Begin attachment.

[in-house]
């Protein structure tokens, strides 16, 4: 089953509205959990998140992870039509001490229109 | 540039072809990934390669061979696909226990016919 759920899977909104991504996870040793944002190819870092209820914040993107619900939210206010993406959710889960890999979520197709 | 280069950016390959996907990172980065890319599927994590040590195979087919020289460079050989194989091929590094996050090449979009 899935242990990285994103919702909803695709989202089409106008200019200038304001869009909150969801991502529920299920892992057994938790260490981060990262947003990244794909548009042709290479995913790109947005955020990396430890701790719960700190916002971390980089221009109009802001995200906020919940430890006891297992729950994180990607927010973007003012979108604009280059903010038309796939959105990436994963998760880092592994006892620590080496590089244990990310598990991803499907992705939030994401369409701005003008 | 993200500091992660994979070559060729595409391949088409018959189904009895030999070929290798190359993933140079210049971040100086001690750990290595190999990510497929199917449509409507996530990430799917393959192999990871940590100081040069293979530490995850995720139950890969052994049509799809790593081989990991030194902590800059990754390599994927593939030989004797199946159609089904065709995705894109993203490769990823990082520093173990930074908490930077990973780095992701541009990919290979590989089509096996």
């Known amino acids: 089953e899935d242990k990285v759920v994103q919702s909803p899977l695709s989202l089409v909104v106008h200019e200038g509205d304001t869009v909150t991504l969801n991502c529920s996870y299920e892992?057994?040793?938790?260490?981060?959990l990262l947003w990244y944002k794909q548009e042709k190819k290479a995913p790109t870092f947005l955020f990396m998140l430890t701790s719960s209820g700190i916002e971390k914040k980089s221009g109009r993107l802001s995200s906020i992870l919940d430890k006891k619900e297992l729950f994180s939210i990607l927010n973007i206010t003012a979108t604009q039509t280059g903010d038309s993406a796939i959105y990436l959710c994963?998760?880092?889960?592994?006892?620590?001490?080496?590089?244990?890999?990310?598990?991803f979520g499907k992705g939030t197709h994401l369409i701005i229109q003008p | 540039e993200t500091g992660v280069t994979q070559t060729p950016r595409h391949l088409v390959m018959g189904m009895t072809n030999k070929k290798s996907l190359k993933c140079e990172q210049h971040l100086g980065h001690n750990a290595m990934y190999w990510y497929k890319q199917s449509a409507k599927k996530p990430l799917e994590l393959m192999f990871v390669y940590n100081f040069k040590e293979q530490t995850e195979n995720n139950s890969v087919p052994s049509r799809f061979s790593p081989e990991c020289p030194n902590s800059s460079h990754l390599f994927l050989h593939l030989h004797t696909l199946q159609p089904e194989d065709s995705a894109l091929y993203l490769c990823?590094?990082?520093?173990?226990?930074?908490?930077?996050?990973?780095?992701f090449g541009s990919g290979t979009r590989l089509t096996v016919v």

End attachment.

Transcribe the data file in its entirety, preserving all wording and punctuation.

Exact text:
[in-house]
């Protein structure tokens, strides 16, 4: 089953509205959990998140992870039509001490229109 | 540039072809990934390669061979696909226990016919 759920899977909104991504996870040793944002190819870092209820914040993107619900939210206010993406959710889960890999979520197709 | 280069950016390959996907990172980065890319599927994590040590195979087919020289460079050989194989091929590094996050090449979009 899935242990990285994103919702909803695709989202089409106008200019200038304001869009909150969801991502529920299920892992057994938790260490981060990262947003990244794909548009042709290479995913790109947005955020990396430890701790719960700190916002971390980089221009109009802001995200906020919940430890006891297992729950994180990607927010973007003012979108604009280059903010038309796939959105990436994963998760880092592994006892620590080496590089244990990310598990991803499907992705939030994401369409701005003008 | 993200500091992660994979070559060729595409391949088409018959189904009895030999070929290798190359993933140079210049971040100086001690750990290595190999990510497929199917449509409507996530990430799917393959192999990871940590100081040069293979530490995850995720139950890969052994049509799809790593081989990991030194902590800059990754390599994927593939030989004797199946159609089904065709995705894109993203490769990823990082520093173990930074908490930077990973780095992701541009990919290979590989089509096996």
């Known amino acids: 089953e899935d242990k990285v759920v994103q919702s909803p899977l695709s989202l089409v909104v106008h200019e200038g509205d304001t869009v909150t991504l969801n991502c529920s996870y299920e892992?057994?040793?938790?260490?981060?959990l990262l947003w990244y944002k794909q548009e042709k190819k290479a995913p790109t870092f947005l955020f990396m998140l430890t701790s719960s209820g700190i916002e971390k914040k980089s221009g109009r993107l802001s995200s906020i992870l919940d430890k006891k619900e297992l729950f994180s939210i990607l927010n973007i206010t003012a979108t604009q039509t280059g903010d038309s993406a796939i959105y990436l959710c994963?998760?880092?889960?592994?006892?620590?001490?080496?590089?244990?890999?990310?598990?991803f979520g499907k992705g939030t197709h994401l369409i701005i229109q003008p | 540039e993200t500091g992660v280069t994979q070559t060729p950016r595409h391949l088409v390959m018959g189904m009895t072809n030999k070929k290798s996907l190359k993933c140079e990172q210049h971040l100086g980065h001690n750990a290595m990934y190999w990510y497929k890319q199917s449509a409507k599927k996530p990430l799917e994590l393959m192999f990871v390669y940590n100081f040069k040590e293979q530490t995850e195979n995720n139950s890969v087919p052994s049509r799809f061979s790593p081989e990991c020289p030194n902590s800059s460079h990754l390599f994927l050989h593939l030989h004797t696909l199946q159609p089904e194989d065709s995705a894109l091929y993203l490769c990823?590094?990082?520093?173990?226990?930074?908490?930077?996050?990973?780095?992701f090449g541009s990919g290979t979009r590989l089509t096996v016919v």